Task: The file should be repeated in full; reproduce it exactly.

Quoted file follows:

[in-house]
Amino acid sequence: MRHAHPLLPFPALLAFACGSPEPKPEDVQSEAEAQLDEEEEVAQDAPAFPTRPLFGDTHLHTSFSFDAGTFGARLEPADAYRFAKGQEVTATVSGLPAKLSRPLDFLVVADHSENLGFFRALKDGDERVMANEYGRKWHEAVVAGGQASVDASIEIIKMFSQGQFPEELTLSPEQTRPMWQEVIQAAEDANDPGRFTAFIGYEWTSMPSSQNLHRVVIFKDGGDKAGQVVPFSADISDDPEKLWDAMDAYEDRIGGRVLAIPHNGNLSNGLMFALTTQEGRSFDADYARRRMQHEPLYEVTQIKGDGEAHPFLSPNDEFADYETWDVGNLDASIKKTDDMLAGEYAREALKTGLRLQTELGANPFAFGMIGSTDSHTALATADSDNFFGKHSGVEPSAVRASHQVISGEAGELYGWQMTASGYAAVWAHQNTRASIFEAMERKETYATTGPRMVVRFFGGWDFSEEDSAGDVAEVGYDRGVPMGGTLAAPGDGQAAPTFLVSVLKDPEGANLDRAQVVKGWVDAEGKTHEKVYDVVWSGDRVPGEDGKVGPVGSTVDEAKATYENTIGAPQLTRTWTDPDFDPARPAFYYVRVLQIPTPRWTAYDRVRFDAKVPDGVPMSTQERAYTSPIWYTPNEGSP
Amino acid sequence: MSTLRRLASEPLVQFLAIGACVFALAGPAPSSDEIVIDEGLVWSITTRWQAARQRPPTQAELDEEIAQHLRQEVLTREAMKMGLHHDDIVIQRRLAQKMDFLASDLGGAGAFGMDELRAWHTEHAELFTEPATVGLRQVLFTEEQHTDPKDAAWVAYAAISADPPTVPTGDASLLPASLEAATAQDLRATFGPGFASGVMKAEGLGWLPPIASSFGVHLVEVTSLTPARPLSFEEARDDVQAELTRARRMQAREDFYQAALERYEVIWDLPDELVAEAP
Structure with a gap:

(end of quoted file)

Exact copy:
[in-house]
Amino acid sequence: MRHAHPLLPFPALLAFACGSPEPKPEDVQSEAEAQLDEEEEVAQDAPAFPTRPLFGDTHLHTSFSFDAGTFGARLEPADAYRFAKGQEVTATVSGLPAKLSRPLDFLVVADHSENLGFFRALKDGDERVMANEYGRKWHEAVVAGGQASVDASIEIIKMFSQGQFPEELTLSPEQTRPMWQEVIQAAEDANDPGRFTAFIGYEWTSMPSSQNLHRVVIFKDGGDKAGQVVPFSADISDDPEKLWDAMDAYEDRIGGRVLAIPHNGNLSNGLMFALTTQEGRSFDADYARRRMQHEPLYEVTQIKGDGEAHPFLSPNDEFADYETWDVGNLDASIKKTDDMLAGEYAREALKTGLRLQTELGANPFAFGMIGSTDSHTALATADSDNFFGKHSGVEPSAVRASHQVISGEAGELYGWQMTASGYAAVWAHQNTRASIFEAMERKETYATTGPRMVVRFFGGWDFSEEDSAGDVAEVGYDRGVPMGGTLAAPGDGQAAPTFLVSVLKDPEGANLDRAQVVKGWVDAEGKTHEKVYDVVWSGDRVPGEDGKVGPVGSTVDEAKATYENTIGAPQLTRTWTDPDFDPARPAFYYVRVLQIPTPRWTAYDRVRFDAKVPDGVPMSTQERAYTSPIWYTPNEGSP
Amino acid sequence: MSTLRRLASEPLVQFLAIGACVFALAGPAPSSDEIVIDEGLVWSITTRWQAARQRPPTQAELDEEIAQHLRQEVLTREAMKMGLHHDDIVIQRRLAQKMDFLASDLGGAGAFGMDELRAWHTEHAELFTEPATVGLRQVLFTEEQHTDPKDAAWVAYAAISADPPTVPTGDASLLPASLEAATAQDLRATFGPGFASGVMKAEGLGWLPPIASSFGVHLVEVTSLTPARPLSFEEARDDVQAELTRARRMQAREDFYQAALERYEVIWDLPDELVAEAP
Structure with a gap: